Also tremendously moving and emotional are “Pieces of a Woman,” “The Trial of the Chicago 7,” “Judas and the Black Messiah,” “One Night in Miami,” “News of the World,” and “The United States vs. Billie Holiday.”

Let’s hope this movie-making trend continues.

Update: The big studios are holding their blockbuster movies until more people are allowed in theaters, an article in The Washington Post said. Maybe that’s why there were so many great movies this year: smaller productions are able to produce more quality work.

Comments

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Meryl

I didn't see most of the movies nominated for awards. Did see Mank and enjoyed it, as well as Borat Subsequent Moviefilm. I am usually late to the movie scene, not paying for the latest either in theaters or on TV.

Rita

I only watch all the movies so I can write about them. It was worth it because there were some better movies this year that I could report on. However, I did read in a Washington post article that the big studios are holding back their blockbuster movies until more theater capacity is allowed, so maybe the number of violent, lackluster plot movies will increase.

Jennifer

I feel so empty this year. Empty of movies
For years my husband and I used to go on a once a week day date to the movies. Crazy that we haven't been in a theater in over a year now. Still waiting before we do that.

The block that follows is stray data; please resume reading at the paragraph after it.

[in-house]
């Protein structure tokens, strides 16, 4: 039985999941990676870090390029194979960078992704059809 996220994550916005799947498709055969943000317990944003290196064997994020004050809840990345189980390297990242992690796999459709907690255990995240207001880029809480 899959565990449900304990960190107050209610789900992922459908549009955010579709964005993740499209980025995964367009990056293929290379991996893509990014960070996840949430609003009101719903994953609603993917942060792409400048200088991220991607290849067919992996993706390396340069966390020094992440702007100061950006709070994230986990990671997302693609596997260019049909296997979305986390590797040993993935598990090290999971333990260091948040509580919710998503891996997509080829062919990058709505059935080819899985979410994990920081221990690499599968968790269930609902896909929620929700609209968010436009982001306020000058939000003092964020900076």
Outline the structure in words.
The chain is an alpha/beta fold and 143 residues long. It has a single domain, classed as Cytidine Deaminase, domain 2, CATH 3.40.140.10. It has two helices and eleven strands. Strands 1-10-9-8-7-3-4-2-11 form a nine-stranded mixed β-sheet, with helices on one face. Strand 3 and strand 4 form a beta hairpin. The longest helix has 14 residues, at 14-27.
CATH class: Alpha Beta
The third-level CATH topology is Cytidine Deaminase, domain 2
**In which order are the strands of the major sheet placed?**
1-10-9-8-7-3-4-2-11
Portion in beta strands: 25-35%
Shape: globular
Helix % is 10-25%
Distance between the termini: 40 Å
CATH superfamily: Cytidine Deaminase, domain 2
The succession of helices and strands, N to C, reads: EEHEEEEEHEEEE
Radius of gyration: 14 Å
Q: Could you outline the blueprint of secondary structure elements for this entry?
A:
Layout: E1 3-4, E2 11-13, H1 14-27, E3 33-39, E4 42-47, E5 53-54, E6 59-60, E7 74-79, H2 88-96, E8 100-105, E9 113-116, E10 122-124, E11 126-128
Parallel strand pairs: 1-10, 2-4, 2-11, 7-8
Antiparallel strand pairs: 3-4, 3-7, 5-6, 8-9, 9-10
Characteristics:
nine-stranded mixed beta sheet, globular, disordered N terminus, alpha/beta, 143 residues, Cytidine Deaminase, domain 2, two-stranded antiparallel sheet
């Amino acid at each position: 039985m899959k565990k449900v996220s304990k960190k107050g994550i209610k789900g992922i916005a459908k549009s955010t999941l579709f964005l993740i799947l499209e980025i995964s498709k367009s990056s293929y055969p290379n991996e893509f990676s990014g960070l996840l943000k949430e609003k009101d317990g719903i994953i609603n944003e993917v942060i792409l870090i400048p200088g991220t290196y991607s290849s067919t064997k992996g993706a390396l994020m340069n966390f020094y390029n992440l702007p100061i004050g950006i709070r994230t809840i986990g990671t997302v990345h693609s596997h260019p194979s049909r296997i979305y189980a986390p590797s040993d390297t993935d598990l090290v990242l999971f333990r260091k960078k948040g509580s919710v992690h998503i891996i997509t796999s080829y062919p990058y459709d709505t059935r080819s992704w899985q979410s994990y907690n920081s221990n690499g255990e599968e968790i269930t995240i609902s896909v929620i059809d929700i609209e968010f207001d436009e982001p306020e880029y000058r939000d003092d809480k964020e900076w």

Rita

I miss going to the movies, too. Usually for my movie marathon, I go to movies, rent from Red Box, and watch some from Comcast. This year, I didn't go to a theater and had to watch movies on Amazon Prime, which I joined for that purpose, and I also joined Netflix and Hulu.

Laurie Stone

I have to confess, I didn't know any of the pictures or even some of the actors up this year. Hollywood has turned me off in the past with their violence and sexism. Once in a while a good one sneaks in. I want to see Nomadland and a few of the other Oscar contenders.

Rita

I agree Hollywood has had too much violence and sexism; also ageism. "Nomanland" is good, but I was surprised it won best picture. It was about senior citizens.

Rebecca Forstadt Olkowski

I was lucky that my roommate is a TV junkie and has almost every streaming channel there is plus a couple I had. Then, I also got screeners from SAG-AFTRA so I saw all the nominated movies, except for some of the docs that I didn't get around to. Most are on streaming, though.

Rita

You're lucky to have seen all of the nominated movies, except the documentaries. I signed up for Netflix and Hulu through Comcast. Hulu was free for a month. I was going to cancel them, but I'm still mulling it over.